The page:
When you sign the transaction with your private key, you include the hash of the entire transaction data as a message. This means the signature which is generated is specific to that transaction itself and any modification to the transaction will render the signature invalid. In this case, the user who has signed the transaction has already specified the address to which the bitcoins have to be sent. Any modification in the address will change the message digest, thus invalidating the signature.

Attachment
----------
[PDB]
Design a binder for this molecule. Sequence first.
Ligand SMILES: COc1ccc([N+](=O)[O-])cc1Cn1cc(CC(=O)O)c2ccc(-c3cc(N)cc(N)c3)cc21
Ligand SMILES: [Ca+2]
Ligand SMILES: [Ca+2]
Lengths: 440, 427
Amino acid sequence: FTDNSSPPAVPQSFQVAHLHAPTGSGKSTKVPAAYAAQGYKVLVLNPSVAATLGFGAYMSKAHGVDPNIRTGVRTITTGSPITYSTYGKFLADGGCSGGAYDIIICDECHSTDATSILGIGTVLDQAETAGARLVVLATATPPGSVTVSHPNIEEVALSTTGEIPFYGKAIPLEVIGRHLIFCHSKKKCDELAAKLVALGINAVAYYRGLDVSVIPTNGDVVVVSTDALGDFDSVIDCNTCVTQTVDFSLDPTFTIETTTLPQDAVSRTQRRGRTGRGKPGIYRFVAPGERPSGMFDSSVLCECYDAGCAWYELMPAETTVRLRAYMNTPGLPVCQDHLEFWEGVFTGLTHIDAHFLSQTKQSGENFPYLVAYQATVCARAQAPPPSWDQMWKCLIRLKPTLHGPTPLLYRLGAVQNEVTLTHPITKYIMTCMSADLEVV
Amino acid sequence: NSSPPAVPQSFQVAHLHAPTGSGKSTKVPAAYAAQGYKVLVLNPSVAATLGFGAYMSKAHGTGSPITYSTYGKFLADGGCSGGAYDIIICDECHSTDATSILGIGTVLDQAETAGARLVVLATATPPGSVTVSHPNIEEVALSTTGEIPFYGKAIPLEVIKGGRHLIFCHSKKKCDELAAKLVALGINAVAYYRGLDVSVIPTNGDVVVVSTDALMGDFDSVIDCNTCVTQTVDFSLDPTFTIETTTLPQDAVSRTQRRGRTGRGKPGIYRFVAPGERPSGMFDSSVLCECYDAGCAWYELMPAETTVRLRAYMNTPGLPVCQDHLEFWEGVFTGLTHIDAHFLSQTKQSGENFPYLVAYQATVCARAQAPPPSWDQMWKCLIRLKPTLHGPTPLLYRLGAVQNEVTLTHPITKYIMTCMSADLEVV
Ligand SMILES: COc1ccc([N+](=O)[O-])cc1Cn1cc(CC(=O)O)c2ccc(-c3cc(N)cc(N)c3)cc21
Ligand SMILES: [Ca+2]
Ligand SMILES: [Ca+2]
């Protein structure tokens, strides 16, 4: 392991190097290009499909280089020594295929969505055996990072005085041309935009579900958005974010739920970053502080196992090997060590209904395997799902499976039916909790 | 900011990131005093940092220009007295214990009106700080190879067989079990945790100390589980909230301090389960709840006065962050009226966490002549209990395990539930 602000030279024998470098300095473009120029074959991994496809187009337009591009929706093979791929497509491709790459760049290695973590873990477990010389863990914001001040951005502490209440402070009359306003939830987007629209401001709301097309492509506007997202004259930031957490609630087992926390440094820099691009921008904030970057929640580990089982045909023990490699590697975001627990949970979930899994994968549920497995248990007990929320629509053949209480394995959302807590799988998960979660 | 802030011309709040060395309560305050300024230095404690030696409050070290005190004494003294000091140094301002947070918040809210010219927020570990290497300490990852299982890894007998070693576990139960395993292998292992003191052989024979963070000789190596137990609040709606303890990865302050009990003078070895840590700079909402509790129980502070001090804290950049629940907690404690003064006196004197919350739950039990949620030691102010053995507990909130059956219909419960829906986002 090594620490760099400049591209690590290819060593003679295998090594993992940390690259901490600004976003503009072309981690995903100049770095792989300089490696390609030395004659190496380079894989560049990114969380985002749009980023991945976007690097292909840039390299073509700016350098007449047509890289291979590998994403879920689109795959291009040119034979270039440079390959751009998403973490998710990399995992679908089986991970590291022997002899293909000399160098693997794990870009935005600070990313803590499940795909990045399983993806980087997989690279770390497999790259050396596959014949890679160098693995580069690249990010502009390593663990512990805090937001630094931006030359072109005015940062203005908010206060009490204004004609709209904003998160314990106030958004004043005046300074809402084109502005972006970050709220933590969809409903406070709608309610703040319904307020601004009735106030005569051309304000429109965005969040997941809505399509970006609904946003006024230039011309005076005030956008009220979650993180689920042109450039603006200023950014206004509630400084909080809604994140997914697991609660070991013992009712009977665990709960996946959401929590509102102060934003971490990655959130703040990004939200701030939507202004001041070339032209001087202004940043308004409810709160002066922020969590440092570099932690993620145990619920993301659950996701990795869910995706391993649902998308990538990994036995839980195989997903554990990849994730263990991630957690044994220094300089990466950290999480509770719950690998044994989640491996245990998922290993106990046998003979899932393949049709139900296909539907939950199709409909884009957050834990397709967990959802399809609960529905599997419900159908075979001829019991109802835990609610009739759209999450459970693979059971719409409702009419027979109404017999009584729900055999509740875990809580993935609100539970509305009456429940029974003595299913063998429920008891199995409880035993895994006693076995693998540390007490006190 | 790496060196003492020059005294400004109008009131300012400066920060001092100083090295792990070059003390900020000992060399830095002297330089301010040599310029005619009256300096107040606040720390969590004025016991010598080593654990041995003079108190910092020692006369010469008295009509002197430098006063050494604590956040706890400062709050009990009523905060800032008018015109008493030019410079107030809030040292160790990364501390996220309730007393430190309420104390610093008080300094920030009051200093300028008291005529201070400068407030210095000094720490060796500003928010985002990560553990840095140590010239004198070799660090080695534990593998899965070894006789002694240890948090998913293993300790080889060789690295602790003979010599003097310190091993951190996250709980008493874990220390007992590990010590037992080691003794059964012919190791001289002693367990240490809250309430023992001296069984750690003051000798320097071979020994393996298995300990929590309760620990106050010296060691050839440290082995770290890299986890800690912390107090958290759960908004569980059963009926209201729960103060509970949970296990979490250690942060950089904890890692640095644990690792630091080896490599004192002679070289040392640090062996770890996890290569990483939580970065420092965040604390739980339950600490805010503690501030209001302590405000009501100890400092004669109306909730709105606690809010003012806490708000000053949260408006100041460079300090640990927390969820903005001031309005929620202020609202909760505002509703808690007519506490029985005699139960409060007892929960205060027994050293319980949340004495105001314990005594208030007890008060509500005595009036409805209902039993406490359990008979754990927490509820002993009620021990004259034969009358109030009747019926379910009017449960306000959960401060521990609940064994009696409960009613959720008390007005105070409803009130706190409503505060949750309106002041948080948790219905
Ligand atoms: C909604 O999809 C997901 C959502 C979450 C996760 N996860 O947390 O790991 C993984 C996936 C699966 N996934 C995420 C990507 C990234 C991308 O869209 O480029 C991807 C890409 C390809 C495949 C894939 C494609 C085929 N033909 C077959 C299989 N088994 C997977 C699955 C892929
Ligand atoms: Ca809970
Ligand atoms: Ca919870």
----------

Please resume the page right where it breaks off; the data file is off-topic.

Moreover, Bitcoin operates on an UTXO model rather than an account/address based model. Everytime you send bitcoins you consume previously unspent outputs in its entirety and create new unspent outputs. For example, let us say you have 1BTC UTXO. When you want to spend for a 0.1 BTC coffee, you will consume the entire 1 BTC UTXO, send 0.1 BTC to the coffee shop and 0.9 BTC back to yourself. This 0.9 BTC output is different from the 1 BTC output that you controlled previously.
In a transaction, these unspent outputs are specified in the transaction with the identifiers: txid and vout. After the user’s transaction gets confirmed, the txid which was referenced in the previous transaction no longer remains unspent. Thus, it is not possible to re-use the same signature even if you are sending to the same addresses again.